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Tracking the great hunter of the sea

Great white sharks are both mysterious and terrifying, but a Fallbrook-based Marine research center has made it a goal to learn more about the life cycle of these elusive animals that rule the ocean.

The Marine Conservation Science Institute (MCSI) – which is comprised of Dr. Michael Domeier and Nicole Nasby Lucas and supported by The George T. Pfleger Foundation and the Offield Family Foundation – is on the forefront of understanding the life and reproductions cycle of the great white shark.

Domeier and Lucas have studied the sharks found at Guadalupe Island, a small isle found 100 miles off the Mexican coast, for over ten years.

Before beginning their studies, shark studies had been limited because of the difficulty that comes with studying the creatures. As sharks are difficult to capture or handle, most of the available information has come from dead specimens or from shore-based research stations.

To grow their research abilities, Domeier and Nasby began using pop-up satellite tags that are inserted into the backs of the sharks (as close to the dorsal fin as possible) as they are lured close to the boat with large tuna carcasses.

The tags remain on the sharks for anywhere from two weeks to one year, giving MCSI valuable information on the behavior and movement of white sharks including swimming depths, temperatures encountered, daily patterns and migratory movements. This system has allowed the team to create the most comprehensive study of white sharks in the world

“The tag gives us a precise estimate of the sharks’ location in real time,” said Domeier. “Every time the dorsal fin comes above water, the information is sent to a satellite and then sent to us via the Internet.”

In order to use this groundbreaking technology, the team had to be able to catch the sharks, restrain them long enough to insert the tag securely, and release the fish quickly, without hurting the animal or the researchers. The tag can run for up to two years, transmitting vital information to the team.

In order to do so, a team of world-class anglers and their ship were commissioned. Mark Fischer, the vessel’s owner, asked for permission to film the work in lieu of payment.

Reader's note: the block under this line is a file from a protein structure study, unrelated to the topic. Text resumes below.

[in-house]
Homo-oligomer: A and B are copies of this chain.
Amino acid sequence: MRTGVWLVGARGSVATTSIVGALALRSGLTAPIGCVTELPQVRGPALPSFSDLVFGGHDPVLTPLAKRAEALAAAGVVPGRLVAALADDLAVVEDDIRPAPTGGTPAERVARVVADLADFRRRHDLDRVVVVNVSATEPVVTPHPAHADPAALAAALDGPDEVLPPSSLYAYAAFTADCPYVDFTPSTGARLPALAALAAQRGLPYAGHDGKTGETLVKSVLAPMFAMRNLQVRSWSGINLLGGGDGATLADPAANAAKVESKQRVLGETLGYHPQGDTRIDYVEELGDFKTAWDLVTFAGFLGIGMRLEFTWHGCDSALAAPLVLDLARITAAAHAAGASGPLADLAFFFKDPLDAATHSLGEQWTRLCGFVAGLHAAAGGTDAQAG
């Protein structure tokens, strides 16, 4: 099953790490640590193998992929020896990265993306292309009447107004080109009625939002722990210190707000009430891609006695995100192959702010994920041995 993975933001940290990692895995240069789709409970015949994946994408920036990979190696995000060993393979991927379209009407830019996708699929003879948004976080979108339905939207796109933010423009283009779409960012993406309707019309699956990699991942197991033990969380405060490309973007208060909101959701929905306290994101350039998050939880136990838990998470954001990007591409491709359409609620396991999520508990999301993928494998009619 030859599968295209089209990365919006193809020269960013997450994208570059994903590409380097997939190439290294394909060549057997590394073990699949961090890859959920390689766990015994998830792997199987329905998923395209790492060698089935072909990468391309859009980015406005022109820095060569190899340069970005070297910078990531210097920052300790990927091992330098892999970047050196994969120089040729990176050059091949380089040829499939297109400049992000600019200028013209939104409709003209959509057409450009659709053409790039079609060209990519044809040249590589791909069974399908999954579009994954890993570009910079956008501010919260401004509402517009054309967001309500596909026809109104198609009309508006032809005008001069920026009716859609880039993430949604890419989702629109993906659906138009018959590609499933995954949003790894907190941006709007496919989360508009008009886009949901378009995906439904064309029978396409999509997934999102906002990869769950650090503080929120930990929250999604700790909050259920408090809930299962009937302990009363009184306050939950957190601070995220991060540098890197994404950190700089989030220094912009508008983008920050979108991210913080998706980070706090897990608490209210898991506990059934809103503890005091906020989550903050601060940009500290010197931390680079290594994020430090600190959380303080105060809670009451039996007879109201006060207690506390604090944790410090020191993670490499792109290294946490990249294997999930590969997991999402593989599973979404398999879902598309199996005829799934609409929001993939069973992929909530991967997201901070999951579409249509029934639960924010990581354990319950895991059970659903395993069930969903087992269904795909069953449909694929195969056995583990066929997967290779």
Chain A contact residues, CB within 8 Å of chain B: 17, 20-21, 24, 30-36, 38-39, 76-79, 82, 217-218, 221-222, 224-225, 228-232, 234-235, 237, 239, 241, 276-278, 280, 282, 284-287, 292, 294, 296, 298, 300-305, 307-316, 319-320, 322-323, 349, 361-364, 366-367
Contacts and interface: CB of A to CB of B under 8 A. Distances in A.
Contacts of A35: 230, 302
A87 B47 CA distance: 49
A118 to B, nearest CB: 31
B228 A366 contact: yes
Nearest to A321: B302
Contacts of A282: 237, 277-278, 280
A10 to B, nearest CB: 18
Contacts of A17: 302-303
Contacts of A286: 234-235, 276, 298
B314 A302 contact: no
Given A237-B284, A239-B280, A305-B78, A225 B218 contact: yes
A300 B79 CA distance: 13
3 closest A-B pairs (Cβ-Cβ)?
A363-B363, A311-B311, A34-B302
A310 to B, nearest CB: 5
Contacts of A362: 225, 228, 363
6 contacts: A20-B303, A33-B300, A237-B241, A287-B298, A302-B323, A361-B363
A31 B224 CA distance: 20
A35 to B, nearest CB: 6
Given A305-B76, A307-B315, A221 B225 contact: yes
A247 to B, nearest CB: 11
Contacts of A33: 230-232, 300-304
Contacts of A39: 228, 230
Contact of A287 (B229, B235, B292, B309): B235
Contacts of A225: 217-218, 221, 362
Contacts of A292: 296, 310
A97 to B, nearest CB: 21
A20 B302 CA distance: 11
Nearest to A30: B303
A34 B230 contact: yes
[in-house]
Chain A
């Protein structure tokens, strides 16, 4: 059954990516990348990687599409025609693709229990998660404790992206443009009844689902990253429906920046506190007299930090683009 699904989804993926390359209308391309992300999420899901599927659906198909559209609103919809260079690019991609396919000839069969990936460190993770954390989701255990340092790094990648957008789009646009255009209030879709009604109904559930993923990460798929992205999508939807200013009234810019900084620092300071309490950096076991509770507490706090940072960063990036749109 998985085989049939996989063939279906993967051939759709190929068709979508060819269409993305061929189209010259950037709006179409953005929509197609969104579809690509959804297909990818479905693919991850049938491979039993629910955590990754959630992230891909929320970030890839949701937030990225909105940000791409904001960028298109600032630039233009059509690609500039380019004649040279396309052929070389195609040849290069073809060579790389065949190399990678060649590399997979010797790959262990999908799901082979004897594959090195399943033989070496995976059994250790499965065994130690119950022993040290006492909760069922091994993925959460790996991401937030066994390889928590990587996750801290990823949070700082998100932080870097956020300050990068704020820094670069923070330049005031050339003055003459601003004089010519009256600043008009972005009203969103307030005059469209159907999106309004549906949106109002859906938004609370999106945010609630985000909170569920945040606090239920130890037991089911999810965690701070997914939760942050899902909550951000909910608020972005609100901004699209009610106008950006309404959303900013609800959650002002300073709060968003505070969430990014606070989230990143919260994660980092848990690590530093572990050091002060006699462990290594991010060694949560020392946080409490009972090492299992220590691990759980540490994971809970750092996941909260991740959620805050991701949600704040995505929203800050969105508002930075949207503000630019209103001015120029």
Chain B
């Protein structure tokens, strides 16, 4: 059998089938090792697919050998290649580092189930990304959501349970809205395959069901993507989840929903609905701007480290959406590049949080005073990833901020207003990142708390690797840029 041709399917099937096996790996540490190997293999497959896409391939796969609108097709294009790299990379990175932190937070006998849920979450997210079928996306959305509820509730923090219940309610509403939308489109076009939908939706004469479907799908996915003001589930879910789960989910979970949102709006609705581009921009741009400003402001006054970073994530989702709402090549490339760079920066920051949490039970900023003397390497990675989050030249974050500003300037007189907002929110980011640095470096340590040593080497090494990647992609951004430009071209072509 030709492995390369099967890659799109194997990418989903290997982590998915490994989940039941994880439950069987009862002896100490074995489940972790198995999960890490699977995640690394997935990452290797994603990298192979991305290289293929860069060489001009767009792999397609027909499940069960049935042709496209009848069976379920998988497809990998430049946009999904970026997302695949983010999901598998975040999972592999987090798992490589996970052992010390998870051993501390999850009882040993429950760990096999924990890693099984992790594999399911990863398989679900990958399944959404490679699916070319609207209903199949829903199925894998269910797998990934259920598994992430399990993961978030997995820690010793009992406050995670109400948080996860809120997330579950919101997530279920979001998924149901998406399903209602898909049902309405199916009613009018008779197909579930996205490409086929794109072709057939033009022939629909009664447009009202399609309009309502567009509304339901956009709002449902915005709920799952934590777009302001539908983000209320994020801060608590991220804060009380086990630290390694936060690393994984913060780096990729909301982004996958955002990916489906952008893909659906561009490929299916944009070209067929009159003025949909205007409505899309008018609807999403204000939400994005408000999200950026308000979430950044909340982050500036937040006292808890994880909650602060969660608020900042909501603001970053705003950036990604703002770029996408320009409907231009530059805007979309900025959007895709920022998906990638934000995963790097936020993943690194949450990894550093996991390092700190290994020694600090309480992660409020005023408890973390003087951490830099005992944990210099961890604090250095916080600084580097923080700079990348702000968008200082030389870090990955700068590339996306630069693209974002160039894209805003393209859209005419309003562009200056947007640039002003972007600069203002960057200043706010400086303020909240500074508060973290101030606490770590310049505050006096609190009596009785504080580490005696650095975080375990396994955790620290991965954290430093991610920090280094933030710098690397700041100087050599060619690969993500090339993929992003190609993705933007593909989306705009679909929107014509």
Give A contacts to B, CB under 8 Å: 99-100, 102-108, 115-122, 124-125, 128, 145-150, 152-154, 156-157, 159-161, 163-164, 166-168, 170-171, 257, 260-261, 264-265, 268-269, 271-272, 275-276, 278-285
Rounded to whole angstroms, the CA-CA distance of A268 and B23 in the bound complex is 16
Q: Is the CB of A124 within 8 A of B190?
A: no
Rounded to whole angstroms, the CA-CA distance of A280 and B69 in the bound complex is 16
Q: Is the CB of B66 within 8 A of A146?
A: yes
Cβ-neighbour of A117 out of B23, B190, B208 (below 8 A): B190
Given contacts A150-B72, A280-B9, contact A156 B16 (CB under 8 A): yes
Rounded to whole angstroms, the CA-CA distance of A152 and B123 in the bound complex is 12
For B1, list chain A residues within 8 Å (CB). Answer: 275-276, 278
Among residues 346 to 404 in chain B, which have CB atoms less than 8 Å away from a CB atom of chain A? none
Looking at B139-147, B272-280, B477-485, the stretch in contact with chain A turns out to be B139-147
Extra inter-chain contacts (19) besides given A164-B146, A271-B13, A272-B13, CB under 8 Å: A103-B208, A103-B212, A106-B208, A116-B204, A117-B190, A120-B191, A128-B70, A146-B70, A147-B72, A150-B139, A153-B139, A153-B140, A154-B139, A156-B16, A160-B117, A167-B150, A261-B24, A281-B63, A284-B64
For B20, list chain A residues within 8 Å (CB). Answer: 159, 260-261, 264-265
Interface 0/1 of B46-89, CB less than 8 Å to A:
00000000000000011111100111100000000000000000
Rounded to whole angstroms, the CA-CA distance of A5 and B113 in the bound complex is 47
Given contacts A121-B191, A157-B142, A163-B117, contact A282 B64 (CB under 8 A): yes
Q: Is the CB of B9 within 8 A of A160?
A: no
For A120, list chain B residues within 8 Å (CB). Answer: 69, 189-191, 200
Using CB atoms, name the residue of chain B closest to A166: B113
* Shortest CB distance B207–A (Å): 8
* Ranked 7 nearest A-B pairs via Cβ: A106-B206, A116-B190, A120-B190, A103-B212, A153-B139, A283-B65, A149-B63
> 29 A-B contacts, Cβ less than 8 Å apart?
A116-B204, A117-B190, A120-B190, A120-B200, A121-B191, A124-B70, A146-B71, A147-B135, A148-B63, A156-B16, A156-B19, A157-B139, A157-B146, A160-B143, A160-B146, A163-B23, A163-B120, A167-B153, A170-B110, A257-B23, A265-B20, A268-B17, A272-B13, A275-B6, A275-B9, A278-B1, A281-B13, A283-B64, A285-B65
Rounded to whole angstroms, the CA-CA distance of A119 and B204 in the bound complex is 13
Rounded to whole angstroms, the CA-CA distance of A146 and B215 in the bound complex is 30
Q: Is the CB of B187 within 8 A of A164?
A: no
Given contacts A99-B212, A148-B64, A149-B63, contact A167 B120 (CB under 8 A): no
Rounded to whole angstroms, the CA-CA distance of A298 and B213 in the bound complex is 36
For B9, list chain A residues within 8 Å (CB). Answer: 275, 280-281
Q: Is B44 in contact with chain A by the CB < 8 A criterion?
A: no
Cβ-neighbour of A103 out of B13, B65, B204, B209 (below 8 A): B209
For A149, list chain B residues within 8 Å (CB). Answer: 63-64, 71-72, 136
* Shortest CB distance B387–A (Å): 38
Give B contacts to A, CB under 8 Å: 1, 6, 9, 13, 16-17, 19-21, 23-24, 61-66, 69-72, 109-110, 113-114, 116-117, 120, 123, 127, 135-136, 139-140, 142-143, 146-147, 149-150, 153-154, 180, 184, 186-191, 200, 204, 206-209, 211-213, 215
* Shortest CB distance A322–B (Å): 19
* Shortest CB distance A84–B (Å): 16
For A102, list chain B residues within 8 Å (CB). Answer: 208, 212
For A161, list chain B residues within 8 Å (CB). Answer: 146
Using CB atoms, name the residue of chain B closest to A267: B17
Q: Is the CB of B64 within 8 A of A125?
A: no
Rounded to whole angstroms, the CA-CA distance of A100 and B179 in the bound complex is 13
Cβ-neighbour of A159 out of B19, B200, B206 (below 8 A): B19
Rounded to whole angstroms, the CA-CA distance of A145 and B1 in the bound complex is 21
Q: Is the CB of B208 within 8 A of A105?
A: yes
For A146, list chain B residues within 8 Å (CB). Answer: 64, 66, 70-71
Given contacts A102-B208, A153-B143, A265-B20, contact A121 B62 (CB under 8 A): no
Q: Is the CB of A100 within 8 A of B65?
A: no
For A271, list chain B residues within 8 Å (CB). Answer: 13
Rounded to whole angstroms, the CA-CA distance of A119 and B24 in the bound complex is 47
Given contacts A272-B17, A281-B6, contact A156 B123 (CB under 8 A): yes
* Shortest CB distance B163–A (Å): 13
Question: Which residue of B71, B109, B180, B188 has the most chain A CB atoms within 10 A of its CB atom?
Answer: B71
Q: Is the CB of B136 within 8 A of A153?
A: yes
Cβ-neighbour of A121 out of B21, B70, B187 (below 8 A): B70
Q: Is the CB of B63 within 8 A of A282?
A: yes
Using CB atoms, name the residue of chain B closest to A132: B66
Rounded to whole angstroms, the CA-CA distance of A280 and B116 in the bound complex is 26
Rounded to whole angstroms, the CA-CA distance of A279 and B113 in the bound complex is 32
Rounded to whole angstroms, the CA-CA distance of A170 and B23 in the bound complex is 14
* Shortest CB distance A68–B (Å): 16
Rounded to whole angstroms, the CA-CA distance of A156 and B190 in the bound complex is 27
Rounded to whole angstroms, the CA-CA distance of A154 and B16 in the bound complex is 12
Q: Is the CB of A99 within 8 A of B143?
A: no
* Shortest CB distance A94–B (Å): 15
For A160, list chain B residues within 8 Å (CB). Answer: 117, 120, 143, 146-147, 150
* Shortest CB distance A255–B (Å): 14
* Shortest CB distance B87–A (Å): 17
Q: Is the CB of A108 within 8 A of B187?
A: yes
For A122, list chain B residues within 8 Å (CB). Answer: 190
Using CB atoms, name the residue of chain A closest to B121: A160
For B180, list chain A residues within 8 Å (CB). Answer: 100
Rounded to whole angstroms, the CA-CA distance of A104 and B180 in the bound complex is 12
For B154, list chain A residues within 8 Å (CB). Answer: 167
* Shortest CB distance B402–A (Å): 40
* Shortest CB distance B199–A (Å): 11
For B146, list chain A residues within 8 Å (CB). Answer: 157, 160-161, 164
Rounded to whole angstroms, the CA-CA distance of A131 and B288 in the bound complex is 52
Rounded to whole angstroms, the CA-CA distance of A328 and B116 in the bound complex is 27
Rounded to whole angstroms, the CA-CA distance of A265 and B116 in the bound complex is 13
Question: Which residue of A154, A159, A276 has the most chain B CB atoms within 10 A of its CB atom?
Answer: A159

The shark is captured by using a giant hook and bait. Once the shark is caught, the ship crew tires out the great white shark in question before reeling it by using a line that can hold 5,000 pounds along with four fixed buoys creating hundreds of pounds of drag that eventually wear down sharks’ resistance, allowing crew members to hand-reel them in safely. The animal is then towed onto a special cradle that lifts the shark out of the water. A hose is inserted into the animal’s mouth so that water can stream into its gills while being worked on, and its tail is secured to keep men from being swept off.

“It’s essentially the same process as catching a marlin,” said Domeier. “We have to tire out the shark so it isn’t thrashing around on deck and secure it. This doesn’t hurt them, as they respond to pain differently.”

The first catch the MCSI team caught was relatively small, said Domeier.

“The first great white we caught was only 11 feet long,” said Domeier. “We’re now catching sharks that are about 18 feet.”

The capture and release strategy implemented by MCSI, along with the detailed underwater photography of the sharks found near Guadalupe Island, has allowed the team to easily identify 107 sharks that frequent the area.

“We have a photo identification book system that documents physical features such as pigmentation patterns, the sex of the animal, and any scars and mutilations,” said Lucas.

Upon identifying the sharks, MCSI researchers can study precise actions of each individual shark.

“We have found that while the sharks are loyal to this area, and return after four to six months out at sea,” said Lucas. “While the sharks show great loyalty to Guadalupe Island, the females don’t come back to the island every year.”

According to Lucas, great whites spend a majority of their time offshore, as opposed to what was currently believed.

“It’s usually juvenile sharks – which are fish eaters – found along the coast, or mothers who are about to give birth,” explained Lucas. “We were surprised by how much time mature sharks spend off coast.”

MCSI hopes to learn even more about the sharks’ life cycle by expanding their research area to include a larger portion of the California coast. This will allow the team to further document an ever-elusive animal, and continue to share their findings with the scientific world.

“We were able to present our findings at a symposium in Hawaii,” said Domeier. “We expected about 40 people, but over 100 came to the conference.”

“People are fascinated by sharks, and can’t seem to get enough of them,” stated Domeier.

Lucas hopes that this information will shed light on a creature that has been needlessly slaughtered.

“Great whites are a vulnerable species,” she said. “They are quite rare, and are listed as a threatened species in the Pacific.”

The research team’s voyage, Expedition Great White, was chronicled by the National Geographic Channel, and will be aired in June.

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